The Medicines Company Announces Initiation of Phase II Study for its Investigational Anesthetic, ABP-700

14 Jun 2016

The Medicines Company announced today that it has dosed the first patient in a Phase II study of ABP-700 in procedural sedation. The Phase II study follows within weeks of completion of Phase I clinical pharmacology, dosing and safety studies, including its use with pre- and co-medications routinely given as part of procedural sedation and induction of general anesthesia. The Phase II-III development program for ABP-700 has been named VERONA by the company.

The first Phase II study in the VERONA Program is expected to enroll 75 patients undergoing elective colonoscopies at three sites in The Netherlands. The study tests three ABP-700 infusion regimens with the goal of enabling successful procedure completion.

“The five Phase I studies we completed support our conclusions that ABP-700 has the potential of a unique profile, can be administered with routine pre-and co-medications, and is well tolerated in normal subjects,” said Jason A. Campagna MD, PhD, Senior Vice President Surgery and Peri-Operative Care and ABP-700 Program Lead. “We are pleased with our progress to date, and look forward to sharing results from this first Phase II study in patients undergoing colonoscopy later this year.”

Data from Phase I clinical pharmacology, dosing and safety studies were presented recently at the International Anesthesia Research Society 2016 Annual Meeting and International Science Symposium in San Francisco and Euroanaesthesia 2016 in London, Europe’s largest annual event of anesthesiology and subspecialties. Results showed that ABP-700 safely produces dose-dependent levels of sedation ranging from light to moderate to deep, with respiration being generally well preserved across all sedation levels. The research also showed that bolus and infusion doses of ABP-700 could be safely given with pre-and co-medications such as opiates and benzodiazepines, commonly used during procedural care and as an adjunct to induction of general anesthesia.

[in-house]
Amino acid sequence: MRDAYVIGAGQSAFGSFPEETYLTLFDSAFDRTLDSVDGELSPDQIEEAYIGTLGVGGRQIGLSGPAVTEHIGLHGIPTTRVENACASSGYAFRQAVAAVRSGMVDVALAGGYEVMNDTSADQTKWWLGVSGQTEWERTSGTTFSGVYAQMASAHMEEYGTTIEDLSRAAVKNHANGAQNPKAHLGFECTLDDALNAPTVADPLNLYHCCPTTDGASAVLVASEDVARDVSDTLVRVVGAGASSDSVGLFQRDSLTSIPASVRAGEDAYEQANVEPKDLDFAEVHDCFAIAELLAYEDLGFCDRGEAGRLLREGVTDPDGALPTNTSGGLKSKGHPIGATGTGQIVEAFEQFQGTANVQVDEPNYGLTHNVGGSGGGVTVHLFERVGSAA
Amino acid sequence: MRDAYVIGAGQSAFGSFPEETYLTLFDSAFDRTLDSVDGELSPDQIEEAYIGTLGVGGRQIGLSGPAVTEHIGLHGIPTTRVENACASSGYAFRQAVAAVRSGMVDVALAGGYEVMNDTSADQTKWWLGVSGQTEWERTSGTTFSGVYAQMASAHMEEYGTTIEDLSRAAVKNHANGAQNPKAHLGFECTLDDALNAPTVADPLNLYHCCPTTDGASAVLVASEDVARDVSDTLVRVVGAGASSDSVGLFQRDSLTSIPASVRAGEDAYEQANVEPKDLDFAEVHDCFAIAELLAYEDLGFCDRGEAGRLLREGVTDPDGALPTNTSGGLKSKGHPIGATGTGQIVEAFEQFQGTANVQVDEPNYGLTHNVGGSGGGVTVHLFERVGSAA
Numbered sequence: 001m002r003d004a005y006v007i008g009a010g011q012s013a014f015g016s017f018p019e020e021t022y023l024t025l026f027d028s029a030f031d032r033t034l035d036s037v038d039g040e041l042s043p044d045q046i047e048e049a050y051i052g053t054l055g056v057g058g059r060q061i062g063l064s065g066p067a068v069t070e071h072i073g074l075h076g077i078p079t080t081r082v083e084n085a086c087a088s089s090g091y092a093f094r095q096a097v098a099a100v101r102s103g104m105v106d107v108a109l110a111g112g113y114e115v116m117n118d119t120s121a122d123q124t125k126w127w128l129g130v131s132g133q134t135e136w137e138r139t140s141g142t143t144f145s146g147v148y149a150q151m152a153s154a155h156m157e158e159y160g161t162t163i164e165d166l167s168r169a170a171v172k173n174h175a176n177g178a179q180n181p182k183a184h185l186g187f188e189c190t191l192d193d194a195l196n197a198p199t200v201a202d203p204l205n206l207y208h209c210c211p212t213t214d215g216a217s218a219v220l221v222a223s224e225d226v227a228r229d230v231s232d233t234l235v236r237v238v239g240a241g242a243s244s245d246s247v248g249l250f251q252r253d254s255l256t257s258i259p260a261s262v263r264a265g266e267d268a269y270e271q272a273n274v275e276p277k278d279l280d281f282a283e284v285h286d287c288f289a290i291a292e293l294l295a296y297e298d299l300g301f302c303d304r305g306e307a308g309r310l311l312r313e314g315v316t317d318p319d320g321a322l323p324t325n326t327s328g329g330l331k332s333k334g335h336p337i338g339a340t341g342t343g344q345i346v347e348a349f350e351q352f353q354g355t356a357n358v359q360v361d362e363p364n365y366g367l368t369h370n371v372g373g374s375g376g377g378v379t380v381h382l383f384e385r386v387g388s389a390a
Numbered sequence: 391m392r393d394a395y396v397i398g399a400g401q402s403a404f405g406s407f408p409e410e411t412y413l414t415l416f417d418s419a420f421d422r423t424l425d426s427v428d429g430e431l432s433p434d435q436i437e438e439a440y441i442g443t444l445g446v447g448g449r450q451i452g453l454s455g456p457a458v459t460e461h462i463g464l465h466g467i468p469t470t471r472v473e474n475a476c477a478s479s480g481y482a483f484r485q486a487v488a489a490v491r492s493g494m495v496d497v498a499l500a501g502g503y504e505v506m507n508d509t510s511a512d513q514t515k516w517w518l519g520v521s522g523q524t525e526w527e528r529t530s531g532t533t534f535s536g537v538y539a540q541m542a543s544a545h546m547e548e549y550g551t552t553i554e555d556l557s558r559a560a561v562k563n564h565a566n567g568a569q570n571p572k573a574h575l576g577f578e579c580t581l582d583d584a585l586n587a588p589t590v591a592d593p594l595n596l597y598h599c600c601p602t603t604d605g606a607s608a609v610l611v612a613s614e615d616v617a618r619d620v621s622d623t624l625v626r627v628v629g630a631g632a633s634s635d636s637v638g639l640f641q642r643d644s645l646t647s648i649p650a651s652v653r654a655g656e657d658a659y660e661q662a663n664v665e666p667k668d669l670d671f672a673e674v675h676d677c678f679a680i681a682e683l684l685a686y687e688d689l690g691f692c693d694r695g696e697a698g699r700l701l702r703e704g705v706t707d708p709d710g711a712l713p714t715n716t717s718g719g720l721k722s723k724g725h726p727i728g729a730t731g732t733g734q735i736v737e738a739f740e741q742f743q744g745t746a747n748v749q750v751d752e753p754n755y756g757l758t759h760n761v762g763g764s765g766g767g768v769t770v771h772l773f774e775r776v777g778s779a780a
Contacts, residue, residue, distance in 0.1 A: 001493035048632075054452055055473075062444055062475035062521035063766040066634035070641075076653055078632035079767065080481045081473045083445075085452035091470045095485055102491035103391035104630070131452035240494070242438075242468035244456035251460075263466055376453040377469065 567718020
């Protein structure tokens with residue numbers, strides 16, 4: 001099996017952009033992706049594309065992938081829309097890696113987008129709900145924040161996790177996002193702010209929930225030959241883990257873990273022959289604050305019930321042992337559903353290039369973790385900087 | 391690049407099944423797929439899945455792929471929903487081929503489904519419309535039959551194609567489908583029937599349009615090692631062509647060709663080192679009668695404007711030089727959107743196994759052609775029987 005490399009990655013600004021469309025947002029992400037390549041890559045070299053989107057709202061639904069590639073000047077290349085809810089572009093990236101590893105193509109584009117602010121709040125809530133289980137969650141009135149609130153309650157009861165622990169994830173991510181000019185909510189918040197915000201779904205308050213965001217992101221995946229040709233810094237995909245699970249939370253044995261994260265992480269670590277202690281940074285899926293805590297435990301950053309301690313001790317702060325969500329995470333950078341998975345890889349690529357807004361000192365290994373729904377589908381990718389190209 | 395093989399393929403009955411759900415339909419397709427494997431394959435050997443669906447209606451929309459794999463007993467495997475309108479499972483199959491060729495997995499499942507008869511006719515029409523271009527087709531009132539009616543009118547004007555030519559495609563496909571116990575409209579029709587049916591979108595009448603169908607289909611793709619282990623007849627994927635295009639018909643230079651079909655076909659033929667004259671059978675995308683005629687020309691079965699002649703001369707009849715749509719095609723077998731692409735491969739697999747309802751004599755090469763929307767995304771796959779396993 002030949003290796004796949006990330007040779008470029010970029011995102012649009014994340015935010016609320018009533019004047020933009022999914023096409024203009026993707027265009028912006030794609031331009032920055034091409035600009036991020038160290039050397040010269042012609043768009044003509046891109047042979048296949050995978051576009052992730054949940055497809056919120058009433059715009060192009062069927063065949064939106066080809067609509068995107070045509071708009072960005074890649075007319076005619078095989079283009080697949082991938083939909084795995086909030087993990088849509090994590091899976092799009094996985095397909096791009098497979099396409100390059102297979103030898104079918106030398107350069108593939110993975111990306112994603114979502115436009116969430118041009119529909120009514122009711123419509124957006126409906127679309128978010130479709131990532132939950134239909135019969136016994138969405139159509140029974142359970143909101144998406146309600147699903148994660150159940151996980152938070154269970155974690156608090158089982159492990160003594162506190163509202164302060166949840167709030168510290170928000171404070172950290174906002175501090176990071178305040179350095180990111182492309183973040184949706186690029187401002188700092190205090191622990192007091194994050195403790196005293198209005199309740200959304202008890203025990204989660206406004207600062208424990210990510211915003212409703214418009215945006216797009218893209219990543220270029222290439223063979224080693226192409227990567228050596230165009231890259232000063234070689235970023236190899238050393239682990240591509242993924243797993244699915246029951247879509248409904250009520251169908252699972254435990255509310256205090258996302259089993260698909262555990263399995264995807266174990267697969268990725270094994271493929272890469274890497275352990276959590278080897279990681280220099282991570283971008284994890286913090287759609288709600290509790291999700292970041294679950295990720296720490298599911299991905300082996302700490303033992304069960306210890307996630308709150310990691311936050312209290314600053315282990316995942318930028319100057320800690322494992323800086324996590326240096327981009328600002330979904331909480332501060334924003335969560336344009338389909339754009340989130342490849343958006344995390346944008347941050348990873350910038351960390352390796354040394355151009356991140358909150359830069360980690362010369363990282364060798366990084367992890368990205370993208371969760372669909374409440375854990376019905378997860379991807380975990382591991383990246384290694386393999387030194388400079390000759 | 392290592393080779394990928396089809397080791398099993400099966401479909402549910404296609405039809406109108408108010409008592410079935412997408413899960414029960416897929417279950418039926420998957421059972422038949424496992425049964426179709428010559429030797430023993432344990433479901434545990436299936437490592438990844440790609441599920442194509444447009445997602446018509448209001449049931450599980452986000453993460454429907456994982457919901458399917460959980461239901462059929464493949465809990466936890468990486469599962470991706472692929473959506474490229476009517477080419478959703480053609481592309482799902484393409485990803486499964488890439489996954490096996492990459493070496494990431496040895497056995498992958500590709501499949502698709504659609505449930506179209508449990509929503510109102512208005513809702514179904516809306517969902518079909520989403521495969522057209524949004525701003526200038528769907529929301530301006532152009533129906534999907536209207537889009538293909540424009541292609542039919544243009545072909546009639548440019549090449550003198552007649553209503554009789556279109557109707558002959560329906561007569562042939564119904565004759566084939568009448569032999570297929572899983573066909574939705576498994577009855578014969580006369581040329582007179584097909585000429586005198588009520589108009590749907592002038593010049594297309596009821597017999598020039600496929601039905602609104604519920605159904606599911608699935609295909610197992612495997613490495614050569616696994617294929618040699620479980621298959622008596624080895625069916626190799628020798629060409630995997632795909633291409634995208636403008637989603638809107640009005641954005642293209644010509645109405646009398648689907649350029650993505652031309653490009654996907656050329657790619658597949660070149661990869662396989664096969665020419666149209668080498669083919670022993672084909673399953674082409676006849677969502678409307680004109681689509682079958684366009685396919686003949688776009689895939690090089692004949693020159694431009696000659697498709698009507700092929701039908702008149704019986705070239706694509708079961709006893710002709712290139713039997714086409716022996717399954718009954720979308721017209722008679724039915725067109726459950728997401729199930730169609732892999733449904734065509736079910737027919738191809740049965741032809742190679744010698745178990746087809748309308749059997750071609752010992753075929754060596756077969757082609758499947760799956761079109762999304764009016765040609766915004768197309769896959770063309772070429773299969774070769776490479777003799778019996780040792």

Commenting on the three Phase 1 studies which were presented, Professor Michel Struys, Professor and Chairman, Department of Anesthesiology, University Medical Center Groningen, Netherlands, and principal investigator for the ABP-700 Phase I program stated, “These three studies advance our understanding of the safety, pharmacology and tolerability of ABP-700 when given by bolus and infusion dose regimens, and when given in association with pre- and co-medications commonly used during procedural care and induction of anesthesia. Similar to our previously reported ANVN-01 study, these results show ABP-700 to be safe and generally well tolerated across a broad range of doses, dose regimens and alongside other medications used during procedural care of patients. Along with our recently completed ANVN-05 study, these data help to inform our dosing of ABP-700 for Phase 2 testing in both procedural sedation and induction of general anesthesia.”

In the US and EU, more than 60 million people undergo general anesthesia, including treatment with intravenous anesthetics. More than 120 million people undergo procedural sedation, at least 25% of which are administered with anesthesiologist supervision. Over the past decade, the number of surgical procedures performed has steadily increased and the proportion of those performed on an outpatient basis now exceeds 70% in most parts of the United States. At the same time, surgical care and procedural medicine have moved towards lighter anesthesia, minimal and focused procedural sedation, and teams that include many non-physician care providers. Throughout the world, there is pressure to provide high quality surgical care services with shorter stays to address the increasing costs and increasing demand for surgical care. In light of these trends, new agents need to be developed that are capable of producing highly specific depth of sedation or anesthesia, yet also be rapidly reversible.